When you consider visiting or moving to a place, wouldn't it be great to know where the environmentally-friendly places are? The revolutionary Green Map System allows just that with its ecomaps. The maps will let you know where to shop green, recycle, and where the green spaces are, among the resources it helps you uncover. Since its beginning in 1995, over 450 Green maps of cities, towns and villages have been published by hand-picked mapmakers in 50 countries.
Mapmakers are comprised of those interested in creating sustainable communities, including community developers, biologists, teachers and even kids. In the fall of 2008, the New York City-based non-profit organization is launching Open Green Map , which will be an interactive space for all to share insights and images, utilizing Google Map technology, Green Map Icons and local knowledge. As a registered Green mapmaker, you are able to contribute your individual experiences and resources as well as gain access to the organization's Tool Center, which is part of the Green Map Greenhouse. From there, you can explore project profiles by visiting the Maps section of the website.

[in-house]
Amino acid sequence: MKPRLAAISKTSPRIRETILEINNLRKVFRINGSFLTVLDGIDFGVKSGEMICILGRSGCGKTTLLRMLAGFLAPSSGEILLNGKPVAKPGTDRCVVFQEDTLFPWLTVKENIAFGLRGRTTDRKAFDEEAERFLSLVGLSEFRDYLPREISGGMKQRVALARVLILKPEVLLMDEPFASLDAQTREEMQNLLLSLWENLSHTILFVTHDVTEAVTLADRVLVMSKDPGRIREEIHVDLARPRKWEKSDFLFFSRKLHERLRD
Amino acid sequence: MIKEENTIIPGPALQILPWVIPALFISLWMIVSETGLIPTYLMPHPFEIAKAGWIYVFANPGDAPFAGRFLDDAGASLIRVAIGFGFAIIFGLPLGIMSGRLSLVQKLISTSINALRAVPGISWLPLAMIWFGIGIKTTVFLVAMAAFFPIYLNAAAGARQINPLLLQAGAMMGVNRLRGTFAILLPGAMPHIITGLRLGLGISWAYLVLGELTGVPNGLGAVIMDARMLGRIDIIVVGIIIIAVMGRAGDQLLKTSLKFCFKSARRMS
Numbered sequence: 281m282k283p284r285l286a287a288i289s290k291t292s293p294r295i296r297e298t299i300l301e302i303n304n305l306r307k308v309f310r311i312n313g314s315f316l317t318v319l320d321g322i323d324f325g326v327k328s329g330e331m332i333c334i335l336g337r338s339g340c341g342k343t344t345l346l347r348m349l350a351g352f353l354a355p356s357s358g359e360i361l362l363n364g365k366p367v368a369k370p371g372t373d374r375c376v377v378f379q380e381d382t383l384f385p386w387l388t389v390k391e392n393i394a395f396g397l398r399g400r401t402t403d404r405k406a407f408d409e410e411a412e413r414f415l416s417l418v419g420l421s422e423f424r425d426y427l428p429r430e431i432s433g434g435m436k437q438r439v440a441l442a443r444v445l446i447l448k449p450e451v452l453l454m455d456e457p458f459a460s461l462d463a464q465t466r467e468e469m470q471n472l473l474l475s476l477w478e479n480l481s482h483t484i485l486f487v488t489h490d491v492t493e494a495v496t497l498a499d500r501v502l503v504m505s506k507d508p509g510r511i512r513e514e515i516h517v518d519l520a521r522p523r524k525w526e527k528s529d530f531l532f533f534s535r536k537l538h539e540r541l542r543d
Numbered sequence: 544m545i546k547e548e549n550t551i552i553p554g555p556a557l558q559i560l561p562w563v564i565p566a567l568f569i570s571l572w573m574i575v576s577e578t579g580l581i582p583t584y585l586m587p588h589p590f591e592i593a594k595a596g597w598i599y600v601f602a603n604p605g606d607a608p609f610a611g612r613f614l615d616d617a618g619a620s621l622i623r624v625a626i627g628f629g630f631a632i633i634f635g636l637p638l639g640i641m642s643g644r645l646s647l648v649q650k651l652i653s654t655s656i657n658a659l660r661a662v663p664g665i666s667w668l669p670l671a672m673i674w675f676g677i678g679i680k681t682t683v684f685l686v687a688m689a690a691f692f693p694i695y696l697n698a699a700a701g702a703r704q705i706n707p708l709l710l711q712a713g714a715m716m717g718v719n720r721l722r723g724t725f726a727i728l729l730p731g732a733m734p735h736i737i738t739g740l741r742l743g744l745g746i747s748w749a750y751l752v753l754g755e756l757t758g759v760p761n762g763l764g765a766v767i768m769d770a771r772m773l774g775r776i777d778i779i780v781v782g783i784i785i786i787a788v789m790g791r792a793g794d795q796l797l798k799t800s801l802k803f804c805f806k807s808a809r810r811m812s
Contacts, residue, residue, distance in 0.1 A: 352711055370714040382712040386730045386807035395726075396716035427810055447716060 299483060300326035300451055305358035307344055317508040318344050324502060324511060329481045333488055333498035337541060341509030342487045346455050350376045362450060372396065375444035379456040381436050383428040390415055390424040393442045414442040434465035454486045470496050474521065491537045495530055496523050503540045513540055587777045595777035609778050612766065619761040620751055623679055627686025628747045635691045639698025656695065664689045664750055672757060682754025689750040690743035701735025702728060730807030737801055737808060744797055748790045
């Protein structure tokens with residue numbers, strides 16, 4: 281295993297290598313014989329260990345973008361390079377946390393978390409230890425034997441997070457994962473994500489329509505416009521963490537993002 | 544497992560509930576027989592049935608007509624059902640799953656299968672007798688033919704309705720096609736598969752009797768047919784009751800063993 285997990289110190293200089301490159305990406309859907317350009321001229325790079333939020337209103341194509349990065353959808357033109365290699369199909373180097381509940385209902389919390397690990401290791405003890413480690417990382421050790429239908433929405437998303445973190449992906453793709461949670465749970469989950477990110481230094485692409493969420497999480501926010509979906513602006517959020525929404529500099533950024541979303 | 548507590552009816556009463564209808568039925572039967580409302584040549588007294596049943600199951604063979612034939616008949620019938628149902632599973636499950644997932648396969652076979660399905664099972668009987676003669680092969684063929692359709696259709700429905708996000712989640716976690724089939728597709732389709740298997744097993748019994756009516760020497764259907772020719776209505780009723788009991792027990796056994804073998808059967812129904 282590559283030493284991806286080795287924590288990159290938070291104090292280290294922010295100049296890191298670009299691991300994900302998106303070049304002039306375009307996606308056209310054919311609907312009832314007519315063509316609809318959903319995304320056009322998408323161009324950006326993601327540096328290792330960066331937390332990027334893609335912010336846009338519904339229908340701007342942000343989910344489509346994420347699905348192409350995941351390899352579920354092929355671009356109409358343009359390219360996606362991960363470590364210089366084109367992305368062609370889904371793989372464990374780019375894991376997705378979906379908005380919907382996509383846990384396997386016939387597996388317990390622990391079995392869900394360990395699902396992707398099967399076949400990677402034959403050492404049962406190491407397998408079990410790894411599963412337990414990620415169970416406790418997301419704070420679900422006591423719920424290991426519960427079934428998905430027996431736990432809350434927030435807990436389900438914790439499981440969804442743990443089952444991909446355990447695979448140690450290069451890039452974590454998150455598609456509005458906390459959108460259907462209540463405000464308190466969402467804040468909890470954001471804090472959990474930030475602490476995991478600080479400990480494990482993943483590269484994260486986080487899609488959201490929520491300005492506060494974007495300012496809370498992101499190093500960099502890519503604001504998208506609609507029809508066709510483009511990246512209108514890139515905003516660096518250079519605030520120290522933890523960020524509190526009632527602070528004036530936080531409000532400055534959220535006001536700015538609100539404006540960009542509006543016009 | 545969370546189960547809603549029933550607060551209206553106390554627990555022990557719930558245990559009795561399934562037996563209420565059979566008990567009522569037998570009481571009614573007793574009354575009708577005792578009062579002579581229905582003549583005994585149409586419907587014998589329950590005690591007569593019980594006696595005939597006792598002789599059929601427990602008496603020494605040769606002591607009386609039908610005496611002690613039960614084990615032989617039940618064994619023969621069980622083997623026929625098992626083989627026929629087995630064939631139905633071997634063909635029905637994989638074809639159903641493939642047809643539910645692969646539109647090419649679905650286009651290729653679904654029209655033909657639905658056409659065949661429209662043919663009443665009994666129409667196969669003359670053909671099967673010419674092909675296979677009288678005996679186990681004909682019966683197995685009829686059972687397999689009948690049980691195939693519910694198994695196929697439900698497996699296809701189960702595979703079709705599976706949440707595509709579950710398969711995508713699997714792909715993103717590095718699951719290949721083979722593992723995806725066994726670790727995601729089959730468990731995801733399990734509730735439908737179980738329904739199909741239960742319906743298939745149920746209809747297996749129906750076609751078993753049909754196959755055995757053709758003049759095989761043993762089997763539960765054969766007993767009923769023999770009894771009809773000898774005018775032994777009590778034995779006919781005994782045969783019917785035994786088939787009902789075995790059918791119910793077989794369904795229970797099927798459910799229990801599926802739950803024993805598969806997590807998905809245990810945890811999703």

The system grew from the direction of Wendy E. Brawer after she created the Green Apple Map of NYC, which highlights the city's main environmental places. The green map system contributes to global sustainable community development utilizing maps that chart environmental and cultural resources. The maps enhance sustainability networks locally and globally while increasing demand for greener options and spreading them to more communities.
The system accomplishes this objective through its mapmaking tools, icons, websites allowing for numerous languages, workshops, and regional groups. Each map is a local project, made by those who live or work in their community and is managed by an independent team sharing their experience with a global network. The project can bring communities together to address environmental issues. Mapmakers can connect through social networking sites such as Facebook, Twitter, YouTube and Flickr. Through Flickr, users can share photos of their work and events.
Sources: Open Green Map , Ecocultural , Flickr